IDG News Service - Schools, libraries and health-care providers in the U.S. need broadband speeds of 100M bps to 1G bps in order to adequately serve their customers' needs, according to a new coalition pushing for "big" broadband for those organizations.
The Schools, Health and Libraries Broadband (SHLB) Coalition -- with 28 members including the New America Foundation, the American Library Association, the American Hospital Association and Microsoft -- will push U.S. federal, state and local governments to consider the needs of those organizations when designing broadband deployment plans.
"High-speed broadband is the key infrastructure that K-12 schools, universities, libraries, hospitals, clinics and other health-care providers need to provide 21st-century education, information and health services," said John Windhausen, coordinator of the coalition. "These institutions serve the most vulnerable segments of our population: rural, low-income, disabled, elderly consumers, students and many others."
Coalition members partially formed the group in response to the $7.2 billion available for broadband deployment in a huge economic stimulus package approved by Congress earlier this year. Several states are working on broadband proposals, and the U.S. Federal Communications Commission is putting together a national broadband plan, meaning the "time was ripe" for the coalition, Windhausen said.
Schools, libraries and health-care providers are anchor institutions in communities, and affordable, high-speed broadband will not only benefit their direct customers but also surrounding neighborhoods through shared networks, said Michael Calabrese, director of the Wireless Future Program at the New America Foundation, a Washington, D.C., think tank.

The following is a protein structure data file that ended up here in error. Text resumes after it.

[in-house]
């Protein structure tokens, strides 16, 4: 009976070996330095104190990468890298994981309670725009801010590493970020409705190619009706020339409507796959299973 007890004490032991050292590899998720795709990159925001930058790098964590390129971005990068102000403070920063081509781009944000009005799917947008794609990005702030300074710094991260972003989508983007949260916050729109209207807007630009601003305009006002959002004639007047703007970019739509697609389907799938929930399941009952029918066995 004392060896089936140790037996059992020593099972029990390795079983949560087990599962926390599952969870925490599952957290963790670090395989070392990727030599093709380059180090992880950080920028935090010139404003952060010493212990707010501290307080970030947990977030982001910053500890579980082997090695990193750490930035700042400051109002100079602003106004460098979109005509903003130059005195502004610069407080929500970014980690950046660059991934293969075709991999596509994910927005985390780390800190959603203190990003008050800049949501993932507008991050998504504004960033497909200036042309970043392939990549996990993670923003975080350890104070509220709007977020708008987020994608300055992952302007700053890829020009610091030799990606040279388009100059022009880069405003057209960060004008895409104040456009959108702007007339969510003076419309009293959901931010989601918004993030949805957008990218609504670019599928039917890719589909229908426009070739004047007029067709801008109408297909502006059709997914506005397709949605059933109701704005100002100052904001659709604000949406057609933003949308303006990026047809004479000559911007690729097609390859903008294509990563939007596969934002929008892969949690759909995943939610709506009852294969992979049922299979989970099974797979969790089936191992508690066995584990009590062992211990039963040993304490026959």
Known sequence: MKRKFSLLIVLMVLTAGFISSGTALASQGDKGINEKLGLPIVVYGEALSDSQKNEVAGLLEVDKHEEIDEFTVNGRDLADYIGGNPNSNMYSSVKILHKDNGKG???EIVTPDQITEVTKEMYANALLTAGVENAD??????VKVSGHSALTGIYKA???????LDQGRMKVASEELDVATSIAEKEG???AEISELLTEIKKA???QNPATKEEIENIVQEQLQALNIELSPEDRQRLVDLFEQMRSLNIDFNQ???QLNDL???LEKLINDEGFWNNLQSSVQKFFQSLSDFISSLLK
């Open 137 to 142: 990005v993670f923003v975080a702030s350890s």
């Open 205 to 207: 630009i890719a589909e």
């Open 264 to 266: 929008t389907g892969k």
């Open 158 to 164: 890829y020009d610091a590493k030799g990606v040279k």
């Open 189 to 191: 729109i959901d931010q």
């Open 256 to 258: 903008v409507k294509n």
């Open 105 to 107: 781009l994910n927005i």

"The most promising public investment, given limited resources, would be high-capacity fiber networks connecting community anchor institutions in every local jurisdiction," Calabrese said during a press conference. "By becoming both technology hubs and bringing fiber deep into every community, schools, libraries and health-care providers will [bring] affordable broadband access to everyone."
The purpose of the coalition is mainly to raise visibility of the needs of schools, libraries and health-care providers, but not to directly apply for broadband grants, Windhausen said. Small schools, libraries and health-care providers need at least 100M bps speeds to adequately do their jobs, and large organizations need 1Gbit/sec for applications such as telemedicine and distance learning, he said.
Nearly all U.S. libraries have Internet connections, but many public libraries are swamped with people who want to use the connections, said Lynne Bradley, director of government relations for the American Library Association. Many libraries' wireless networks are often overloaded and at many times, library patrons have to wait to use computers, she said.
Many patrons use bandwidth-heavy applications, she said.
"We are unserved or we are underserving our population, the American public, when we do not have adequate broadband and advanced, big broadband coming into our libraries," Bradley said. "You can see this with the lines out the door, the waiting lists. If you have lines out the door ... it's surely inadequate."
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